Amid climate, economic, and social changes in the Andean regions of Bolivia and Peru, small landholders are increasingly vulnerable to environmental and market shocks and stresses. This project works with farmers to explore ways of adapting to change and building resilient livelihood systems. The goal is to achieve food security and biodiversity by teaching rural communities how to conduct research and develop production alternatives.
Corinne Valdivia, lead PI
University of Missouri
Peter Motavalli and Jere Gilles
University of Missouri
Kansas State University
University of Connecticut
Cornelia Flora and Jan Flora
Iowa State University
Jorge Cusicanqui and Magali García
Universidad Mayor de San Andrés, Bolivia
Universidad de la Cordillera, Bolivia
Miguel Angel Gonzales and Javier Aguilera
Edith Fernández Baca, Cecilia Turín, and Silvana Vargas
Universidad Nacional Agraria La Molina, Peru
Roberto Quiroz and Greg Forbes
International Potato Center (CIP), Lima, Peru
LTRA-4 launched its website in 2008, providing links to details of the project’s objectives, partners, publications, and reports. Each page features a photo of SANREM team members at various research sites and in meetings and workshops with local farmers. See: http://sanrem.missouri.edu
Research indicates that, by mid-century, the region can expect fewer days of frost, longer heat waves, a shorter but more intense rainy season, and more consecutive dry days. Farmers perceive that climate risks and shocks are increasing, citing as examples the droughts of the 1980s, followed by frosts, hail, and floods that have become stronger.
To help communities respond to these changes, the SANREM team is testing strategies and technologies to mitigate weather-related risks, enhance soil organic matter, preserve cultivars and native plants, and find new markets for long-established crops. Scientists are seeking to improve farm productivity with conventional and alternative organic fertilizers such as compost and peat moss, and to determine how soil quality is affected by changes in fallow length and cropping systems. In collaboration with CIP, researchers are studying pest dynamics and diseases in the production of potatoes, particularly management of white moth, Andean potato weevil, and late blight outbreaks in changing climatic conditions. PROINPA Foundation, which preserves and promotes native Andean crops, is working with SANREM in Bolivia to make the region’s products more commercially competitive.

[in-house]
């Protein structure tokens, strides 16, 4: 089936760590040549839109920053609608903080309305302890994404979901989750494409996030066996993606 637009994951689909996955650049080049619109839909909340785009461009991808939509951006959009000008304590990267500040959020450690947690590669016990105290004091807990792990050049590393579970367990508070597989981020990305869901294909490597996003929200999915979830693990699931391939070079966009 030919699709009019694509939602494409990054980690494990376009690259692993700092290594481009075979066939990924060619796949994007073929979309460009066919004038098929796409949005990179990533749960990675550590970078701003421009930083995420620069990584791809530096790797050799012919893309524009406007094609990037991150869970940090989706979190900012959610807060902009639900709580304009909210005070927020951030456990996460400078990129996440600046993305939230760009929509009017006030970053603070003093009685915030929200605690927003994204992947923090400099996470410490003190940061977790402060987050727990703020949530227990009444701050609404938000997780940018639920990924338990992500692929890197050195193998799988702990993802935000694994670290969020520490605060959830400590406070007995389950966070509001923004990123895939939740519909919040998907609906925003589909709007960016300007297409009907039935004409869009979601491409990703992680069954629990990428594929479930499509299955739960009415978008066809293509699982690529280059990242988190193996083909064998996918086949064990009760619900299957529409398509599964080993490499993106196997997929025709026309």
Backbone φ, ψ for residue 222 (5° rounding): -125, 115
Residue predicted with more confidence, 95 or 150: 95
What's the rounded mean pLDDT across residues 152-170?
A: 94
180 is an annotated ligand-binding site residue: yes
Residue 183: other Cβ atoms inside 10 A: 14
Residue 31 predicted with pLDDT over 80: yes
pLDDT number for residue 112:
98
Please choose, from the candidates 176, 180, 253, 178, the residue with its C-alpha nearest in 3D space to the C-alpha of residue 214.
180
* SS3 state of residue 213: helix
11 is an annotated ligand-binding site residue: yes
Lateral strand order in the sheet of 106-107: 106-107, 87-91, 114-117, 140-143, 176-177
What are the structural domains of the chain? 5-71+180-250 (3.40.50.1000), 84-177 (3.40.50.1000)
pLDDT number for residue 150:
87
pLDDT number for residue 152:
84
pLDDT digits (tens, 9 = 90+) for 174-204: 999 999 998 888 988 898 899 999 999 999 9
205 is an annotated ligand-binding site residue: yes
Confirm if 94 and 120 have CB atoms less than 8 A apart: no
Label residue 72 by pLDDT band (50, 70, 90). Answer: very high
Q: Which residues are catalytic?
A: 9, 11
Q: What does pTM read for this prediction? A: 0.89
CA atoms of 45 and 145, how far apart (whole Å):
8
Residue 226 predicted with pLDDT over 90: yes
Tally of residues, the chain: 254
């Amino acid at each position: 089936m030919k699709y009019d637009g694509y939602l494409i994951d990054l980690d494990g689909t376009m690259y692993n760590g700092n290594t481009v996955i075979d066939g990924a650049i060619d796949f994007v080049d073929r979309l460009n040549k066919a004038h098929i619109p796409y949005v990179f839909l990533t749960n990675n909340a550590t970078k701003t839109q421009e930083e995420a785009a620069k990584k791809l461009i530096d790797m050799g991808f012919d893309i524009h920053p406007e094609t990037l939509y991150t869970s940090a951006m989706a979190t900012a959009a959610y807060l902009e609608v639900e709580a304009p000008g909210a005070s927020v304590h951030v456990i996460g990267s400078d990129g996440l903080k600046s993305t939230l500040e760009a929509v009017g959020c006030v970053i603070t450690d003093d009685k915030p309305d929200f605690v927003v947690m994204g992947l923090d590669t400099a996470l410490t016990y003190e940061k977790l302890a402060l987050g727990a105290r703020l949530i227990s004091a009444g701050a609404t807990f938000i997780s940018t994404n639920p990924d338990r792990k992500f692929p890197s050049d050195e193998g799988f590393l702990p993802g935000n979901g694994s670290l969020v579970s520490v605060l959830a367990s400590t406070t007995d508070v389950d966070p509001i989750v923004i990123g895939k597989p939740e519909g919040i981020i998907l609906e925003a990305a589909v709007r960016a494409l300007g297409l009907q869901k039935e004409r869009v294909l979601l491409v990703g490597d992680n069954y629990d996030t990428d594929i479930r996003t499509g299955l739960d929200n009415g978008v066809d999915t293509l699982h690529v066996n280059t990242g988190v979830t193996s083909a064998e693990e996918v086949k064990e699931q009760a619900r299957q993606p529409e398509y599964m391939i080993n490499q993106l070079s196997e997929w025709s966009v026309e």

Few small farmers in the region have access to credit through conventional financial institutions like banks, relying instead on savings, sale of livestock, or off-the-farm jobs to survive crop loss and other setbacks. To increase farmers’ negotiating power in the marketplace, SANREM researchers are using an advocacy coalitions approach to strengthen social and political capital and to improve access to financial capital and market outlets.
Networking is an integral part of this project’s mission to build and transfer new knowledge. Workshops and field days offer practical technologies and strategies that farmers can learn and use effectively. SANREM researchers in 2008 shared climate-change projections and ongoing research on adaptation for the Altiplano with Bolivia’s National Program on Climate Change. With the McKnight Foundation, CIP, and the SANREM team, PI Corinne Valdivia organized a workshop in Lima on climate change and Andean agriculture production. SANREM partnered with Peru’s Universidad Nacional Agraria La Molina to lead workshops for farmers on animal health and pest control.
In partnership with PROINPA, Universidad de la Cordillera, and Universidad Mayor de San Andrés in Bolivia, seminars and short courses have been offered on a wide range of topics, from handling agricultural chemicals to conducting household surveys. The project also is supporting graduate students in soil science, eco-agriculture, agricultural economics, and social sciences. By collaborating with rural communities in the Altiplano of Bolivia and Peru, as well as with universities, non-governmental organizations, and U.S. institutions, the SANREM team is developing knowledge, practices, and strategies capable of building resilient livelihoods and ecosystems across the region.